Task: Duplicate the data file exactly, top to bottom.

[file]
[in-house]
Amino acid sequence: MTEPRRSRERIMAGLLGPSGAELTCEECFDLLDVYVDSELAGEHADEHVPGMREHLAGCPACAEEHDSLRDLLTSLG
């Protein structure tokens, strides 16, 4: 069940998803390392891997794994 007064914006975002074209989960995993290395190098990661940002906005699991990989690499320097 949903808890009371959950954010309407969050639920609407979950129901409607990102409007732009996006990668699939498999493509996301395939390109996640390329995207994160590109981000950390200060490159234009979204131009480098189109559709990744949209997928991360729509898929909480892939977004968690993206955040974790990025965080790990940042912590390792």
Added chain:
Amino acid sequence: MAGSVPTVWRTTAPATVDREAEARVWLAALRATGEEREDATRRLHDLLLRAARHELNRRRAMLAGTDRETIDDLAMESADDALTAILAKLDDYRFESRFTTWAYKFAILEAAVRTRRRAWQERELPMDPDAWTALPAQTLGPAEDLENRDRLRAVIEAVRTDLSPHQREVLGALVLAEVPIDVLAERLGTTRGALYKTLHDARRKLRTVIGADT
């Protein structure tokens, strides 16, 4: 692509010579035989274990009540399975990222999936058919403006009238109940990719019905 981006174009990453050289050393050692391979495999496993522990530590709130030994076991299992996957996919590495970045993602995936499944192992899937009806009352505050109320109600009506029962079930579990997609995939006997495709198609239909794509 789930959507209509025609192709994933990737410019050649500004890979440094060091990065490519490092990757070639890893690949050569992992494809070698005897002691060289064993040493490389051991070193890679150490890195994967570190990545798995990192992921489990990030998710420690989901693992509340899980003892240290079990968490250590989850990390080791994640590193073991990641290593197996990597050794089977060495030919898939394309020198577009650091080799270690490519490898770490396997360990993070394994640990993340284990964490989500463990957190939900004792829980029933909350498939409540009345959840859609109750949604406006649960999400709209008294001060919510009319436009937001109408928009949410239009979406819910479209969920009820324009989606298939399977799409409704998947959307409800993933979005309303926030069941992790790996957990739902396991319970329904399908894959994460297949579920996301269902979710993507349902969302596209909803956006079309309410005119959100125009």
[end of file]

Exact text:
[in-house]
Amino acid sequence: MTEPRRSRERIMAGLLGPSGAELTCEECFDLLDVYVDSELAGEHADEHVPGMREHLAGCPACAEEHDSLRDLLTSLG
């Protein structure tokens, strides 16, 4: 069940998803390392891997794994 007064914006975002074209989960995993290395190098990661940002906005699991990989690499320097 949903808890009371959950954010309407969050639920609407979950129901409607990102409007732009996006990668699939498999493509996301395939390109996640390329995207994160590109981000950390200060490159234009979204131009480098189109559709990744949209997928991360729509898929909480892939977004968690993206955040974790990025965080790990940042912590390792």
Added chain:
Amino acid sequence: MAGSVPTVWRTTAPATVDREAEARVWLAALRATGEEREDATRRLHDLLLRAARHELNRRRAMLAGTDRETIDDLAMESADDALTAILAKLDDYRFESRFTTWAYKFAILEAAVRTRRRAWQERELPMDPDAWTALPAQTLGPAEDLENRDRLRAVIEAVRTDLSPHQREVLGALVLAEVPIDVLAERLGTTRGALYKTLHDARRKLRTVIGADT
């Protein structure tokens, strides 16, 4: 692509010579035989274990009540399975990222999936058919403006009238109940990719019905 981006174009990453050289050393050692391979495999496993522990530590709130030994076991299992996957996919590495970045993602995936499944192992899937009806009352505050109320109600009506029962079930579990997609995939006997495709198609239909794509 789930959507209509025609192709994933990737410019050649500004890979440094060091990065490519490092990757070639890893690949050569992992494809070698005897002691060289064993040493490389051991070193890679150490890195994967570190990545798995990192992921489990990030998710420690989901693992509340899980003892240290079990968490250590989850990390080791994640590193073991990641290593197996990597050794089977060495030919898939394309020198577009650091080799270690490519490898770490396997360990993070394994640990993340284990964490989500463990957190939900004792829980029933909350498939409540009345959840859609109750949604406006649960999400709209008294001060919510009319436009937001109408928009949410239009979406819910479209969920009820324009989606298939399977799409409704998947959307409800993933979005309303926030069941992790790996957990739902396991319970329904399908894959994460297949579920996301269902979710993507349902969302596209909803956006079309309410005119959100125009």